Game theory

Cooperative game theory

Enforceable bargains, contracts

Characteristic functions, the core

Role of law in framing the interactions of individuals and groups

Property rights

Contract law

Labour law

Course examples

Contractual relations

Investment

 


Non-cooperative game theory

Strategic interdependence

No outside (third party) enforcement of an agreement

Possibility of tacit collusion in a non-cooperative setting

Cartel behaviour without a secret cartel agreement

Possibility of other self-enforcing agreements

Compliance with standards in a competitive industry

Possibility of wealth dissipation

Many oligopoly models

Common property models

Free riding in public good provision

Strategic uncertainty


Example areas of application

Policy

International arrangements

Mechanism design

Cross-disciplinary

Economics, finance, political science, law, biology

Analytical aspirations

Create an analytically useful model

“There is an art to building game-theoretic models that are simple enough to analyze, yet rich enough to capture intuition and serve as sources of new insights.” Watson, p. 3.

Develop a means of “solving” or predicting the outcome


Describing a game

“Formal descriptions of interactions and their results.”

Players

Actions and strategies

“A strategy is a complete contingent plan for a player in the game.” Watson 23 (my underlining)

Each pure strategy for i designates an action at each point in the game when player i has to make a decision

Properties of strategy set or space, Si for each player: continuous or discrete, bounded or infinite

The game may allow mixed strategies. A mixed strategy is a probability distribution over the domain (support) of the pure strategies available to the player. Watson uses the symbol ΔSi for the set of mixed strategies (infinite dimension, continuous) and σi for an element of that set.

A strategy profile is (s1,s2, … sn) where s1 is in S1, etc.or a mixed strategy profile is (σ1, σ2, … , σn) where σ1 is in ΔS1 and so on.

The vector s-i is a vector of dimension of n-1 of the pure strategies of all the players except i

Timing of decisions, knowledge when choosing an action, knowledge of what other players know

Information sets

An information set contains non-terminal nodes assigned to a particular player characterized by none of the nodes being either an ancestor (preceding) or a successor node to any other of the nodes and all the edges starting at different nodes in the set appear to be equivalent (The player cannot distinguish at which node he or she is at in the information set). Different conventions are used to identify information sets. They appear as a set of nodes connected by dotted lines in most texts but other conventions are used.

Common knowledge

Perfect information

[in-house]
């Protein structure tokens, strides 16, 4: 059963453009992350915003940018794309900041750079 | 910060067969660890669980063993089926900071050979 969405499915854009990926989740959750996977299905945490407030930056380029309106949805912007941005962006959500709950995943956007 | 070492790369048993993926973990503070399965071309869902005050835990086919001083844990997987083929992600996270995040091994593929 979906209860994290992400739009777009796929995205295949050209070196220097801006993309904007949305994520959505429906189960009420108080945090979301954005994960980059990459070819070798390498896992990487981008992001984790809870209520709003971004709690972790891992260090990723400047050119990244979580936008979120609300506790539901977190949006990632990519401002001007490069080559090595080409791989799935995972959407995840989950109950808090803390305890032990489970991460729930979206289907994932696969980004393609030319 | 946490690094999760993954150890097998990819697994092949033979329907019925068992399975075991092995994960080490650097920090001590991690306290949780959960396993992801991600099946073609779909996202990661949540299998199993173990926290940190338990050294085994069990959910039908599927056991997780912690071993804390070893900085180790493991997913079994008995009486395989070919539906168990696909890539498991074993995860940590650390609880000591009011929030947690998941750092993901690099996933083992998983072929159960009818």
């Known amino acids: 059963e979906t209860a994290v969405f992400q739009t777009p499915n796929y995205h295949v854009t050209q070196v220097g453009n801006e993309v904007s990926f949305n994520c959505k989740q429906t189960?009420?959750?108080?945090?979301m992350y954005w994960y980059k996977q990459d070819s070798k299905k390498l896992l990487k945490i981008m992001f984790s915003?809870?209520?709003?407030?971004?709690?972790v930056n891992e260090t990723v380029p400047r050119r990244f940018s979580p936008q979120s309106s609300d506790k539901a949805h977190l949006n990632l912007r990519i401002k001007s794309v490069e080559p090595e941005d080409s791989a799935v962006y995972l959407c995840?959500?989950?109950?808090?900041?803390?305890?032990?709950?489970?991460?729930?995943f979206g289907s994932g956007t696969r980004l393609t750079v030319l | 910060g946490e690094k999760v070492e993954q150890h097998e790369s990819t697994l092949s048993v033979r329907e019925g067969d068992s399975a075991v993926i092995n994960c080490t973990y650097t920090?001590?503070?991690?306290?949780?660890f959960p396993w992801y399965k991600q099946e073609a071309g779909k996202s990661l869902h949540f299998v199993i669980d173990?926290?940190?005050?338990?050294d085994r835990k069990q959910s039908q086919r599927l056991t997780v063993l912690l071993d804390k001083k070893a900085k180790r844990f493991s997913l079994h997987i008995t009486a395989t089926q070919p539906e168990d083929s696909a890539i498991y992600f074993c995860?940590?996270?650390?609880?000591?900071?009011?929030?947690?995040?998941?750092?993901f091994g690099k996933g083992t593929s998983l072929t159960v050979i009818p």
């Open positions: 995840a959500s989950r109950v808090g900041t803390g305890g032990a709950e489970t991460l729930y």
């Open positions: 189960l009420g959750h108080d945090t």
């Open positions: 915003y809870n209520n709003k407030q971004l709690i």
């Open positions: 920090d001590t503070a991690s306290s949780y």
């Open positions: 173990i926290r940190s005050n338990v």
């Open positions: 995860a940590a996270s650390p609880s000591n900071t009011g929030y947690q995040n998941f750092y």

Every information set in the game is a singleton

Imperfect information

At least one information set after the start of the game is not a singleton.

Games of certainty

When a random event affects the course of a game we say that nature has made a decision. Nature is just a random generator of say warm day or a cold day that may influence subsequent decisions of say a farmer of how hard to work or what to plant. In a game of certainty nature does not move after the game begins (Game of uncertainty: Converse is true)

Games of incomplete information

Nature moves first.

Strategy profiles →outcomes

A strategy profile implies an outcome, which may be random.

Outcomes →utilities registering preferences (expected utility if outcomes are random)

The outcomes, which may be a probability distribution over specific outcomes, map into a measure of preferences or a utility function. The outcomes may be described as utilities or as payoffs.

Organizing and presenting information about a game: the extended form and the normal form

The extended form

A game tree is a type of directed graph in which the elements of a set of nodes (vertices) are joined by directed edges. A game tree has a root (starting point) characterized by having no edges terminating at it. There is a unique path to any other node from the root. Each non-terminal node is assigned to a player and at each terminal node, v, there is a payoff vector with an element for each player measuring their payoffs or utilities at this end point of the game. A player may have to make a decision at an information set that includes more than one node. The responsible player does not know which of the nodes in the information set has resulted from preceding decisions. He or she only has the coarse knowledge that he or she is in the set.

Examples of extended form

Entry in a game of perfect information

 


Entry deterrence in a game of imperfect information.

 

 

 

The normal (matrix) form

Prisoners' dilemma

 

Suspect B

Confess

Don’t confess

Suspect A

Confess

5 yrs., 5yrs

go free, 20yrs.

Don’t confess

20 yrs., go free

1 yr., 1yr.

Source: Originally Tucker

 

The fare-setting game (asymmetric PD structure)

 

Air Canada

Fare $500

Fare $200

Canada West

Fare $500

50,100

-100,200

Fare $200

150,-200

-10,-10

Aliprantis and Chakrabarti (p. 41) with airline names changed

 

            Entry deterrence imperfect information game in normal form

 

Incumbent

Fight

Coop

 

Entrant

IN.FIGHT

-15,0

-5,10

OUT.FIGHT

0,50

0,50

IN.COOP

-5,5

20,25

OUT.COOP

0,50

0,50

 

 


Beliefs, mixed strategies, and expected utility

A belief is a probability distribution over the strategies of the other players. We will usually restrict our attention to a two player game. The belief structure is

. With two players, for example, the belief of player 1 is that player 2 will play his or her strategy 2 with probability μ2(s2). The probabilities have to be non-negative and add to 1. Later we will be examining situations in which the choices of other players lead a player to revise (update) his or her beliefs in accordance with Bayes’ rule.